Barbaraanne's Hair Comb Blog

Research Program

After spending 3 hours looking at 13 internet sources to put together one paragraph on the jada naga’s mythology, I said, “Enough.” How is any community member supposed to delve further into a topic efficiently? My answer was to hand pick research myself and to draw on the scholarly experience of our authors. All of us have either read or published books.

There will be no automated program that will store your information in an atomic-bomb-blast database, analyze it by algorithm, chop it up, sell it, or do stealth marketing. I can express how I feel about what the internet has become in a three-volume novel, or I can just write BarbaraAnne Rant #6928.

The blog is now an Amazon.com Associate.

I chose to do this because Amazon draws inventory from a vast number of book sellers. No matter what people say about the net, academic authors who are passionate about their specialty, do the best research. They publish books. Amazon has the largest selection of books on abstruse topics such as the courtly culture of Medieval India, and the best selection of books on innovators like Rene Lalique (I had to mention Rene Lalique, didn’t I :-). They also have rare books. Copyrighted material from these sources will never appear in Internet research.

Therefore, at the end of each post, I will have a delimiter, which will be the word “comb” in Hindi. Underneath, it will say, “For more scholarly research, please examine…” This will be followed by a link to a book I and/or the other authors feel will give readers the best information to enter the worlds that created the combs we love.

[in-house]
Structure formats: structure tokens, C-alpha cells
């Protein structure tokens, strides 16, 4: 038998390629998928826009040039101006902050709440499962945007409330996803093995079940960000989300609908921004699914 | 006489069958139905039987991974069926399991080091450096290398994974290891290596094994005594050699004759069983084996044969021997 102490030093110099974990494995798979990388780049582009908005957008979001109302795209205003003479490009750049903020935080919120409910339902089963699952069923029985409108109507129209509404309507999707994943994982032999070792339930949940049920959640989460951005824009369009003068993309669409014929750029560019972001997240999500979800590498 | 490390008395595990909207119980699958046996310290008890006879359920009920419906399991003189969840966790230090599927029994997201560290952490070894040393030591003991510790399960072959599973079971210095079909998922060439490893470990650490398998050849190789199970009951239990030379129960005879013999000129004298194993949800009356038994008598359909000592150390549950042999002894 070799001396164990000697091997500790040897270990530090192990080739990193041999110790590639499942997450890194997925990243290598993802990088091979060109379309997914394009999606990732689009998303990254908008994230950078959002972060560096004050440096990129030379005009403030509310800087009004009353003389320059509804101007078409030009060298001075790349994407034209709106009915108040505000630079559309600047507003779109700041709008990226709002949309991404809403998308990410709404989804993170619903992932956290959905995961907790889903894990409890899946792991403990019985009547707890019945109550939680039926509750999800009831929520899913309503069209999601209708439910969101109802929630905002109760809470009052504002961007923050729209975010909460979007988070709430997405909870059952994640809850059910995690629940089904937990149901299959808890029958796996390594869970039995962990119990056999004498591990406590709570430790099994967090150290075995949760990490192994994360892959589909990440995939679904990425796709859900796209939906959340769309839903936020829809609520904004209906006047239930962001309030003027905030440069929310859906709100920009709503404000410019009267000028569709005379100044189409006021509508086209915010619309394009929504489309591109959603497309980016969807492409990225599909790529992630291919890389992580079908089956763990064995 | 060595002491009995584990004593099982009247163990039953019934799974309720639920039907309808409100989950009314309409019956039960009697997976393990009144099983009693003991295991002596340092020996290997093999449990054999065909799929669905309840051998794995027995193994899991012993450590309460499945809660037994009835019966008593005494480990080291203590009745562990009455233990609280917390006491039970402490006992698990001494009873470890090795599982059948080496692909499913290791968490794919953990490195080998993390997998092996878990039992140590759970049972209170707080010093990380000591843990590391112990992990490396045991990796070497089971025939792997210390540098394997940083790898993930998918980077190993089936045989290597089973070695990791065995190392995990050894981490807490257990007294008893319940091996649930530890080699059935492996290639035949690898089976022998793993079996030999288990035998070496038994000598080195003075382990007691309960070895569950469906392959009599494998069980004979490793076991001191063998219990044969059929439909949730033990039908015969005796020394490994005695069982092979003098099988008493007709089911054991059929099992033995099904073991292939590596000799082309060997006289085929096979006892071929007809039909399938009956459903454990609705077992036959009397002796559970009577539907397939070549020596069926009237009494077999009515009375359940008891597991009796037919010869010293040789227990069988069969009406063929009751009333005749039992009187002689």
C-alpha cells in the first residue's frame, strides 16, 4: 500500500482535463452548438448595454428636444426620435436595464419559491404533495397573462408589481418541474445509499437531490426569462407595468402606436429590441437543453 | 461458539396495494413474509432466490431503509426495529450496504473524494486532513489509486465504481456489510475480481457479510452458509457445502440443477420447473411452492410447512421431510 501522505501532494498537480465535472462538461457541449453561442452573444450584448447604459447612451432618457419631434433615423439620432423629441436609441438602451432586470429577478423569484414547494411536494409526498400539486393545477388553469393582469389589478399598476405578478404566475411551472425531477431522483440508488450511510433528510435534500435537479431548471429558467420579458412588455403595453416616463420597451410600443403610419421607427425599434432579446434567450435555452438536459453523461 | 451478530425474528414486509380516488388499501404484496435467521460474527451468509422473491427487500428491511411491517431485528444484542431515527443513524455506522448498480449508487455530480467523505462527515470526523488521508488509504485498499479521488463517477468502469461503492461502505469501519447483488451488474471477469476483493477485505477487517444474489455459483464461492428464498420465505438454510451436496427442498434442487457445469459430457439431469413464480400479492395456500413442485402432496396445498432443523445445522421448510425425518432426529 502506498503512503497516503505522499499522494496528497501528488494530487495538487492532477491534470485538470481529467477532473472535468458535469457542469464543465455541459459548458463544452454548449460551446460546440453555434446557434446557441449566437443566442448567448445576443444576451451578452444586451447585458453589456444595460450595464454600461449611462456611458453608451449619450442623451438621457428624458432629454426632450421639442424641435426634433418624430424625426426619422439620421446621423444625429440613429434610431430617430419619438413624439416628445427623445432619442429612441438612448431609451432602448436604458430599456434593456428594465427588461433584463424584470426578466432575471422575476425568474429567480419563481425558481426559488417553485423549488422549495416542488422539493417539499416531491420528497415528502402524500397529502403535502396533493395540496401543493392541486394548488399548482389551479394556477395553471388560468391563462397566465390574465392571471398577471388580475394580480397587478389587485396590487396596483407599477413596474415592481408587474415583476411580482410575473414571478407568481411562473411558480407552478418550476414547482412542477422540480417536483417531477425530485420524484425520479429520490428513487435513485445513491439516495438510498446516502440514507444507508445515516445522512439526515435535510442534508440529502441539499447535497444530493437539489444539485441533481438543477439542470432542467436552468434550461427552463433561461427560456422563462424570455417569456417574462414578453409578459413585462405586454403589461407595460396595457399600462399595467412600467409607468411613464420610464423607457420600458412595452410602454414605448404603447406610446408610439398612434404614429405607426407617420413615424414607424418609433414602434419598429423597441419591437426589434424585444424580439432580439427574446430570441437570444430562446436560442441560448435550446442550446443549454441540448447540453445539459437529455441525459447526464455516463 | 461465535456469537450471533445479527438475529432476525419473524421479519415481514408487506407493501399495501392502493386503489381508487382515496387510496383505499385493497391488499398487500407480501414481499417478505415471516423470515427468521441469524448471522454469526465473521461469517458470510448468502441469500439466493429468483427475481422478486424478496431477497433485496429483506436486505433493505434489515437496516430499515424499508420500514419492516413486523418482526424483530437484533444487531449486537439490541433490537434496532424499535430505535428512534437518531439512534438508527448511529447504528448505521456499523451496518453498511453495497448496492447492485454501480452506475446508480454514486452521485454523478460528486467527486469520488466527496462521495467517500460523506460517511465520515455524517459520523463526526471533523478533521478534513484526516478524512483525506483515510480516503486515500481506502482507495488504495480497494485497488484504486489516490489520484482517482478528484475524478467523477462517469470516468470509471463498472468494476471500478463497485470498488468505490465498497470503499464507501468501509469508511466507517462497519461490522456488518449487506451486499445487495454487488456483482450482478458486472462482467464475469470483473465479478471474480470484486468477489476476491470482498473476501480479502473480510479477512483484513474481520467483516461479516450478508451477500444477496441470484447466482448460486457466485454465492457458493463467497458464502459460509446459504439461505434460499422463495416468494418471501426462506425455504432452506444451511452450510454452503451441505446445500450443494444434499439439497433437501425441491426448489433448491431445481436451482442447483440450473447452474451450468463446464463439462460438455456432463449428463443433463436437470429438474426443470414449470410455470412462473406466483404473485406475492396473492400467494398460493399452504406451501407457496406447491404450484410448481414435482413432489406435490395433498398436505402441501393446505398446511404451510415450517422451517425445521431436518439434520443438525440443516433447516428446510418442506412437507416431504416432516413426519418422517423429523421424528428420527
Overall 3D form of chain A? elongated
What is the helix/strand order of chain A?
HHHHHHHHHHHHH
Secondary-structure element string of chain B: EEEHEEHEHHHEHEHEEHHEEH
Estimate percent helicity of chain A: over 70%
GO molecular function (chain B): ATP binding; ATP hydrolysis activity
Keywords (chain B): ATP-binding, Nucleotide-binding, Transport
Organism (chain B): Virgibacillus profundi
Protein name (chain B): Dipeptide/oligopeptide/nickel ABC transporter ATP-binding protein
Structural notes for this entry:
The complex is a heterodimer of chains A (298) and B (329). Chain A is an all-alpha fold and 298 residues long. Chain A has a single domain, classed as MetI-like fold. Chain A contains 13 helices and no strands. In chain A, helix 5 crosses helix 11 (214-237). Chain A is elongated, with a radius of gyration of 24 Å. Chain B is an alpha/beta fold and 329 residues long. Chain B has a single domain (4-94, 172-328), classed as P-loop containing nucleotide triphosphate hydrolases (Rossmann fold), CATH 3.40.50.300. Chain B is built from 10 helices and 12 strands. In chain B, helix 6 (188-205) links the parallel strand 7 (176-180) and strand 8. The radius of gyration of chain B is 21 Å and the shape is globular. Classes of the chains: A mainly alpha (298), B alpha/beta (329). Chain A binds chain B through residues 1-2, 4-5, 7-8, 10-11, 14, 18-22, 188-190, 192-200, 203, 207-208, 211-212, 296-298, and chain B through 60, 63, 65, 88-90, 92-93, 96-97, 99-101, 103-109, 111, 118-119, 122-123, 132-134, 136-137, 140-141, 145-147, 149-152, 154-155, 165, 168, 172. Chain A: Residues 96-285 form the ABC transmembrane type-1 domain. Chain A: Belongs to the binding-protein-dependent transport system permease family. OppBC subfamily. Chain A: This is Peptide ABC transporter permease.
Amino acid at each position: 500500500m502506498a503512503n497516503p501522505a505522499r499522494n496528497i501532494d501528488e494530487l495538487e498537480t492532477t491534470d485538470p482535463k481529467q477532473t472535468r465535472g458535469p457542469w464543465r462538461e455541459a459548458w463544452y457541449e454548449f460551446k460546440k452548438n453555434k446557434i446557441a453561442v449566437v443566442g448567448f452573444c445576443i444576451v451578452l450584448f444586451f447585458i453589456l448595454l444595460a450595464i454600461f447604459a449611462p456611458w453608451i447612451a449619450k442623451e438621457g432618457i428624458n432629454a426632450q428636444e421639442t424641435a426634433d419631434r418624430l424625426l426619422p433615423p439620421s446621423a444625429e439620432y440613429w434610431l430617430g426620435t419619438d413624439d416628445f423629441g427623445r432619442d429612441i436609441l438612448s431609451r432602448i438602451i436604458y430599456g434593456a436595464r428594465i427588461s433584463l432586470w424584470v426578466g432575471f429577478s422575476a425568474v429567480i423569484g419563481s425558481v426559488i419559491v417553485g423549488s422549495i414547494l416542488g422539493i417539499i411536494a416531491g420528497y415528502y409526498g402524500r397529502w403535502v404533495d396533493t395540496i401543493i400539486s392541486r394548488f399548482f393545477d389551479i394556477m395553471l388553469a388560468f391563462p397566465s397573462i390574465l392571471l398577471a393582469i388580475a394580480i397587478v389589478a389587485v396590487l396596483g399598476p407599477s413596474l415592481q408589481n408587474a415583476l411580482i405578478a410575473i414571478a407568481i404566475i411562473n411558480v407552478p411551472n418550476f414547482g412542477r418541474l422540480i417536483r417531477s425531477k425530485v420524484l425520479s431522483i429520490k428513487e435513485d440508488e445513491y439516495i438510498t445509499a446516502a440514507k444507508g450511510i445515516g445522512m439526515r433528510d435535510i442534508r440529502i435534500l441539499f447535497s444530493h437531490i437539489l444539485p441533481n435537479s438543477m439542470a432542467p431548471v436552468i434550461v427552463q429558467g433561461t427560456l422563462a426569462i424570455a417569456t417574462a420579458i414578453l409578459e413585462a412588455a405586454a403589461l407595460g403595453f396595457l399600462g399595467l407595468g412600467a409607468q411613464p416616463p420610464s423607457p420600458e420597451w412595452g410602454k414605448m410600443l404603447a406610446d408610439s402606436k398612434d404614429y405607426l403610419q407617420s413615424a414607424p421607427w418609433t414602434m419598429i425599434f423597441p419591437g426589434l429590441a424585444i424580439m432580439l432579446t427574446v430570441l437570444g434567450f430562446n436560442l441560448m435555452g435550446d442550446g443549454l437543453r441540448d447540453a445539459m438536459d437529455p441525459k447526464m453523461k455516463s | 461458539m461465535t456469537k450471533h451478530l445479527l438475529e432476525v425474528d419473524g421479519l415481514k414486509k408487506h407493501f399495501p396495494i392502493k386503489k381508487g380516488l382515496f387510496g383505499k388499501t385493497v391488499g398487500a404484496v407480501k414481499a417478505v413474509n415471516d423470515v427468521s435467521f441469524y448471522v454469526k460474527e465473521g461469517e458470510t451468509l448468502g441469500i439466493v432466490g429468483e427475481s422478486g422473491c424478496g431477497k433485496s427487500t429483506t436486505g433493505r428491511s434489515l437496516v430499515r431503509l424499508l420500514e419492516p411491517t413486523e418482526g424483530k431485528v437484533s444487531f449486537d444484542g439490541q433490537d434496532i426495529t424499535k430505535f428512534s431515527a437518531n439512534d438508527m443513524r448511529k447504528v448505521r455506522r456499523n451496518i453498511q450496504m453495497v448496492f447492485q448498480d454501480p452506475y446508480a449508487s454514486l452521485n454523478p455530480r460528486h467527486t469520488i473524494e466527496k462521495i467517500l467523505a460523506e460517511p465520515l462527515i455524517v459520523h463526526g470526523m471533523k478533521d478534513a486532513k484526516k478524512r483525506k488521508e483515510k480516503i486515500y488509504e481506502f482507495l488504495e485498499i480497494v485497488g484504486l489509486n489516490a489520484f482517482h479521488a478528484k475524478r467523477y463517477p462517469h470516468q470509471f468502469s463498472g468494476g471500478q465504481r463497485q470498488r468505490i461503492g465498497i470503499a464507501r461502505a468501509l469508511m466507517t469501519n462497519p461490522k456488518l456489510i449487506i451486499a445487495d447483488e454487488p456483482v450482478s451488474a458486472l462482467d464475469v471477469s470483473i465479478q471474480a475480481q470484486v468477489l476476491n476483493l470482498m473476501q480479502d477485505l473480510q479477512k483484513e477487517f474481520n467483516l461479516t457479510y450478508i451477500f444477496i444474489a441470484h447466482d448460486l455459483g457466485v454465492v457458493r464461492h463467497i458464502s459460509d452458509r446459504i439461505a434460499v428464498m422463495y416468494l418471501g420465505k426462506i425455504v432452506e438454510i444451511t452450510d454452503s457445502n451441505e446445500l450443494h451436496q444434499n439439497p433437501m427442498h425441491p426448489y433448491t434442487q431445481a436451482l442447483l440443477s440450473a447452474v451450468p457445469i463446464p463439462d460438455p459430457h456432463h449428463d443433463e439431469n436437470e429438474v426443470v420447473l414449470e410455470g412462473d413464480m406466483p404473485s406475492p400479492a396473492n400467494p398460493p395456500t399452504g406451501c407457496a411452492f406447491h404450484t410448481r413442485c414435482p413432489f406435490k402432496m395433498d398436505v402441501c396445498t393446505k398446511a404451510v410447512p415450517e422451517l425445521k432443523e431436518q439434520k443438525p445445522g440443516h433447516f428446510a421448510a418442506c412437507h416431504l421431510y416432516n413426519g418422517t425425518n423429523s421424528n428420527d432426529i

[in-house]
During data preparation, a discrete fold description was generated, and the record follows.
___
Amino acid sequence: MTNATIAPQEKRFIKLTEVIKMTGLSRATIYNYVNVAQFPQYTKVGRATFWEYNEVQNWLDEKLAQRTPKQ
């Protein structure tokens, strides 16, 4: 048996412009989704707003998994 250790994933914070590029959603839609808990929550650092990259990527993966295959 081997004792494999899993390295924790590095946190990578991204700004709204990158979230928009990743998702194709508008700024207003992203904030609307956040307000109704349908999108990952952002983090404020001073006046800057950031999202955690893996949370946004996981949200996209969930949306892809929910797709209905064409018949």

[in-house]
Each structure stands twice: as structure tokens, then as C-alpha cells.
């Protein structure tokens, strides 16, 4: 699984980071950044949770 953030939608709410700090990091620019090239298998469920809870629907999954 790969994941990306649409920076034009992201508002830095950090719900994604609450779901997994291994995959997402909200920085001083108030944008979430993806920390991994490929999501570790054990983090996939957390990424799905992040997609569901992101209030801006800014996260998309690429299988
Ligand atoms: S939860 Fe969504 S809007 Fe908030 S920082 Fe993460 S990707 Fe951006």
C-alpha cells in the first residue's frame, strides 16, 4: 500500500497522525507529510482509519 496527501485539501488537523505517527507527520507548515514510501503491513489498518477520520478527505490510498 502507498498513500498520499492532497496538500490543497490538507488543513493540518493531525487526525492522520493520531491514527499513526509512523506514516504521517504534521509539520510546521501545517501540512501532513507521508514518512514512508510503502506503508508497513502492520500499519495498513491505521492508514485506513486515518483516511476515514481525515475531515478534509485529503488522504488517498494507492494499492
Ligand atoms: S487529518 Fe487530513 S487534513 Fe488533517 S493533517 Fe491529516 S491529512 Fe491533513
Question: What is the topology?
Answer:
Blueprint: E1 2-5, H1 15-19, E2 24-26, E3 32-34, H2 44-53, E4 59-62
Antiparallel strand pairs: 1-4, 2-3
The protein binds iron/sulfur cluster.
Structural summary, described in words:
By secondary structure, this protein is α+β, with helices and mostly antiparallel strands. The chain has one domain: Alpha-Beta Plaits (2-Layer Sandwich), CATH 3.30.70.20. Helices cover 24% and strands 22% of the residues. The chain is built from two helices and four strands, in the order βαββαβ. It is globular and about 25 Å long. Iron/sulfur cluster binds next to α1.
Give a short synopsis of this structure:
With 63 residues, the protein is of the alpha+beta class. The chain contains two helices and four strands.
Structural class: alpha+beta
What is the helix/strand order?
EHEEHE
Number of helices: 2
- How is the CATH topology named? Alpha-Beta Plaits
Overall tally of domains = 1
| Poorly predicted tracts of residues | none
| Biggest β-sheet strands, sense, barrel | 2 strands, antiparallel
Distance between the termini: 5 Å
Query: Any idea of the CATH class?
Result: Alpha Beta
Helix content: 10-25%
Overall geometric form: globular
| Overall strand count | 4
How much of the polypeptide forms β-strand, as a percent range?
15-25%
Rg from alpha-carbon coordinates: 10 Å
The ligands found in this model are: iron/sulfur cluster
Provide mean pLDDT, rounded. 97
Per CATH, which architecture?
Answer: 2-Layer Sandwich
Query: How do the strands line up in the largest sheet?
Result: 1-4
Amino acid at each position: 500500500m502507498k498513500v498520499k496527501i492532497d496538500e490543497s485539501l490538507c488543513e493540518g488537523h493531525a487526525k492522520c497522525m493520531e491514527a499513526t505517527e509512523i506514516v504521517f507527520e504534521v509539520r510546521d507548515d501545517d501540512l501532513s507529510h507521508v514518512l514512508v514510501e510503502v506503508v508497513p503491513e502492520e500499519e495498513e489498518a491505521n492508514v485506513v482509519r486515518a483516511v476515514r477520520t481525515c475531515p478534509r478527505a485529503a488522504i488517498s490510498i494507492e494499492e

This is a human choice. No best sellers here. I’m looking for the pink diamonds in the Argyle mines. :-)

I hope everyone finds the service useful.

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6 Responses to "Research Program"

Hi Barbara
Just looked at this site and I’m wondering whether you could include my book, ‘The Comb’, in your list of relevant book titles – I would be so grateful if you were willing to do this. You gave my book a super write up originally!
Hope things are going well for you. best wishes jen Cruse

of course!!!!!!!!!! I’ll email you privately. :-)

Hello BarbaraAnne,

I stumbled across your site earlier this year during the first phase of gathering material for my research and combs in Edo-era Japan. Now that the research is done and we have posted the article on our website, I thought that I might contact you with the link (http://tokyoedoradio.org/Project/Links/edoCombs/edoCombs.html) so that you might have some additional information/data on the history and development of combs in Japan.

I hope that this will be a useful and informative reference source for you and your readers…

If you have any questions on the information, research, or sources used, please feel free to contact me at any time!

The article is fabulous. I will do a post on it to give it more publicity, and I will show it to our Japanese-collector author. Thank you so much for writing in! Best…

Glad to hear that you liked the article and thank you for passing it along! While it is a bit outside of the scope of your blog, we will also be doing a piece on traditional Japanese hairstyles in the near future… Thanks again and have a great day!

If you need any help from our author-scholars for your article, you are welcome to let me know. We’d be glad to help you out. :-)

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Longlocks Hair Sticks

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Your long locks are truly one-of-a-kind. Shouldn't your hair jewelry be?

Creative Museum

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Two sparrows clutch berries in this clear horn comb by Albert Vigan, c. 1900

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The Comg: Its History and Development

Lavishly illustrated with over 500 photographs, this is a wide-ranging, scholarly reference book.

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